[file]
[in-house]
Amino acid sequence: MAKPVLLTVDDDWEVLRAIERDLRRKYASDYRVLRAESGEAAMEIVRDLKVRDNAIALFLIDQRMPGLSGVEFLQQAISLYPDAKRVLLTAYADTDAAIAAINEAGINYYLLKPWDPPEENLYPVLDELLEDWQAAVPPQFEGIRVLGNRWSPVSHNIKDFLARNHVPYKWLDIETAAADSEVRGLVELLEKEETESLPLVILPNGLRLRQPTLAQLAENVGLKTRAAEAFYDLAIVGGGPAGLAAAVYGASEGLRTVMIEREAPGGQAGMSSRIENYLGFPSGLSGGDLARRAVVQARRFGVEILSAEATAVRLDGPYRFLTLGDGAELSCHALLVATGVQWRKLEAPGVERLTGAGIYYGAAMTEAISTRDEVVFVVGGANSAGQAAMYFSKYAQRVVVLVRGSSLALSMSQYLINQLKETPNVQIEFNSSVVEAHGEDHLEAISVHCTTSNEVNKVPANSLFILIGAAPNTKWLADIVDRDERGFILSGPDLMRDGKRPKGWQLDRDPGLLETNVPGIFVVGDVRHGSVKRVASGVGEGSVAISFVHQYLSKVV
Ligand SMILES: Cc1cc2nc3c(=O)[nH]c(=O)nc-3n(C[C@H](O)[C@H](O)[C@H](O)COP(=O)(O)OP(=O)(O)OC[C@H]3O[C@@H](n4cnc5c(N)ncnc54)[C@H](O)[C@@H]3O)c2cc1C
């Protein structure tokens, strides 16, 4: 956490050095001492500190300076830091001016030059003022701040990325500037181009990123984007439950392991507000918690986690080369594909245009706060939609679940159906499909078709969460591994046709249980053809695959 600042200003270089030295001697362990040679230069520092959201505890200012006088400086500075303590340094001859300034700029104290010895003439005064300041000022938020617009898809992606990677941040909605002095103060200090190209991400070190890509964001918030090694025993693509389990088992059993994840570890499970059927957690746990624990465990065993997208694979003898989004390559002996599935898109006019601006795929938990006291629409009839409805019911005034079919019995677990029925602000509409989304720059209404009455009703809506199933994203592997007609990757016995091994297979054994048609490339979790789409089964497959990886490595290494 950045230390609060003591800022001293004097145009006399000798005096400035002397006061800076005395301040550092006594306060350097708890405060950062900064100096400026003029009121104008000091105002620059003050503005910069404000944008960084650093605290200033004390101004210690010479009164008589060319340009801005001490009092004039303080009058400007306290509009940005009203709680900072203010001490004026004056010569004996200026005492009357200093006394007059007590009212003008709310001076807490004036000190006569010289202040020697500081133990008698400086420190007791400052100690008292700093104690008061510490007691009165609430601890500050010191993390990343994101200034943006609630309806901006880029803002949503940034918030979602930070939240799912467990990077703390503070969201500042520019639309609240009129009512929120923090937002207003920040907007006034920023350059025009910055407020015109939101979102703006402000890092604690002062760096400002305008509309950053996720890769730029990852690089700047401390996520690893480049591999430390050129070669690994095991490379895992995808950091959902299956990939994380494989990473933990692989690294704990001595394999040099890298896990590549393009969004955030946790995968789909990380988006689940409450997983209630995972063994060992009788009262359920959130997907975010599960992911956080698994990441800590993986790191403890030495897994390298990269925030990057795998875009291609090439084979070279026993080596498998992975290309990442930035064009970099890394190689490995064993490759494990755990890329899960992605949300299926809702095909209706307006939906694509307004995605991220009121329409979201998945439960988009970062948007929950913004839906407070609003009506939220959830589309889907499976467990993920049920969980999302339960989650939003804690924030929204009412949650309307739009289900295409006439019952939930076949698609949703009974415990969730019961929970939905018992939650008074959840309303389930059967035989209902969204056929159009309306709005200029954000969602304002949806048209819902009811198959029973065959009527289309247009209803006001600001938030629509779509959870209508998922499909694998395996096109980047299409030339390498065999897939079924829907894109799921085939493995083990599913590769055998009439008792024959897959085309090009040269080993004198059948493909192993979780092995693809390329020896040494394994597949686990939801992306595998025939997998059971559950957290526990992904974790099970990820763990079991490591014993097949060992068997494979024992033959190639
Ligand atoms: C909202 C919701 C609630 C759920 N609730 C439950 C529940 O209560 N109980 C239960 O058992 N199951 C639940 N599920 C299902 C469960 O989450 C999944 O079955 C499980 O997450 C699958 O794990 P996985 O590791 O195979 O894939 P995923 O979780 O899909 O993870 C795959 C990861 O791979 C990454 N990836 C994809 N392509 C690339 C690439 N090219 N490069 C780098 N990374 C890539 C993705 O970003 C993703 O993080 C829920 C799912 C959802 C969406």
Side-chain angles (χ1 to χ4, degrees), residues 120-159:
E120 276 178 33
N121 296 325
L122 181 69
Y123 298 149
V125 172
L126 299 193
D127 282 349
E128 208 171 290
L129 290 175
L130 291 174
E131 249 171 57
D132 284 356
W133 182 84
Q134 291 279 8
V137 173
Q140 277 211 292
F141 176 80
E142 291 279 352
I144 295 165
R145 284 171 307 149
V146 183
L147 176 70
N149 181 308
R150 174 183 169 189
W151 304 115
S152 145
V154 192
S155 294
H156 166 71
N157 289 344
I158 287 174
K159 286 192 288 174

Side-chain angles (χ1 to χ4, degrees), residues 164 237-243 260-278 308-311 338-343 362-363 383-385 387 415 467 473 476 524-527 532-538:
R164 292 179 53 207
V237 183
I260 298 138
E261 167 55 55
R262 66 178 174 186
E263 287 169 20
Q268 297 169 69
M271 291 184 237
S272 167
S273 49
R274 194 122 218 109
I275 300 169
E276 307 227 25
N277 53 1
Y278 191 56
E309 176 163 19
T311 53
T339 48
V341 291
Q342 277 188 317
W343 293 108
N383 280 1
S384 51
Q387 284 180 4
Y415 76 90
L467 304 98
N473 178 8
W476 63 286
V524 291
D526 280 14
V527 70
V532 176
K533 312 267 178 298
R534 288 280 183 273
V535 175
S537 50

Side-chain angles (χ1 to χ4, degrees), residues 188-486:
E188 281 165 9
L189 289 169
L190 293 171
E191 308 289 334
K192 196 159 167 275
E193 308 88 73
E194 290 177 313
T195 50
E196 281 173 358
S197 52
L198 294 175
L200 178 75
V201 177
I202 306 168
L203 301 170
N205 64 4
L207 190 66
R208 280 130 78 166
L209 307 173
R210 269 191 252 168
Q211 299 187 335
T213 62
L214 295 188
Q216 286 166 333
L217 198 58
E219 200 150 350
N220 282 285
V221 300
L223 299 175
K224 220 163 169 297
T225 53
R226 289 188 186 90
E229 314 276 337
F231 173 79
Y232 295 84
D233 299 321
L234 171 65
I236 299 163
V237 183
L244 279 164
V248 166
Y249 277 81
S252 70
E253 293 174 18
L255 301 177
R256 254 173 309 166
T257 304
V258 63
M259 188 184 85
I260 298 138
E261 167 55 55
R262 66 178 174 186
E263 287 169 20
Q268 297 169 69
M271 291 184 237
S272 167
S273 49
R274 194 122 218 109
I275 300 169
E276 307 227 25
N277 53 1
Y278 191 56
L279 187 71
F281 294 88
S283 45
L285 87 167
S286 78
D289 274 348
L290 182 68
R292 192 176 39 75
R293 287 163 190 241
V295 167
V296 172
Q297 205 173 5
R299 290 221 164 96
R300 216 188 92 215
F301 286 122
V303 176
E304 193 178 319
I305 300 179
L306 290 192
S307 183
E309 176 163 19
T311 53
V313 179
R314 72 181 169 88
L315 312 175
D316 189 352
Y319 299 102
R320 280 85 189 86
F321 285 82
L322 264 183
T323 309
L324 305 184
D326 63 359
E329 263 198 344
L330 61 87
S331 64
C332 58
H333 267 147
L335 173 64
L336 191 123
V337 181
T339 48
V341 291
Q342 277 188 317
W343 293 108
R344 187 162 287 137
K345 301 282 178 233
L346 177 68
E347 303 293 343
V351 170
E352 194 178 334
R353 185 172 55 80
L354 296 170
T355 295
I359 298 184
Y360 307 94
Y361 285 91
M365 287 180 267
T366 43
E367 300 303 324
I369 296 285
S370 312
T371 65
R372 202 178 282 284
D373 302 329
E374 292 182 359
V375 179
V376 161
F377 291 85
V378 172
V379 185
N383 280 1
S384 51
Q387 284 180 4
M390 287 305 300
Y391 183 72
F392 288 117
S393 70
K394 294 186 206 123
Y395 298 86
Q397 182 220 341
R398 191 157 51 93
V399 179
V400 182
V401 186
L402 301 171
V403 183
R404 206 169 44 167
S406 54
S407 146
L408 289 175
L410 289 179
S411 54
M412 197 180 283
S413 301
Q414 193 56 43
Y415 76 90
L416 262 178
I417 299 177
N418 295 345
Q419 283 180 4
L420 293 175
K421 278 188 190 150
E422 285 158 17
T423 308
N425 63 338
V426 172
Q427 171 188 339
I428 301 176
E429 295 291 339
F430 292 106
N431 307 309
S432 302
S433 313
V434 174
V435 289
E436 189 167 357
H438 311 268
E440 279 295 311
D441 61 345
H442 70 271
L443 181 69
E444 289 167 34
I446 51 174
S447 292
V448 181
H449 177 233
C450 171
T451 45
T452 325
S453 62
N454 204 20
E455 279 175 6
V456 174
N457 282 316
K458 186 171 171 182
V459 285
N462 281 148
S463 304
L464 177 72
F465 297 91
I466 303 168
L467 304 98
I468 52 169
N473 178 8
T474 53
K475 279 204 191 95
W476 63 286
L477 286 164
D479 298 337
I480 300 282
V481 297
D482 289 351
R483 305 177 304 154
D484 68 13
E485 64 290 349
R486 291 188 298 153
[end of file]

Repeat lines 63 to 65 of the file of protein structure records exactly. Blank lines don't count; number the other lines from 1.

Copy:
Q387 284 180 4
Y415 76 90
L467 304 98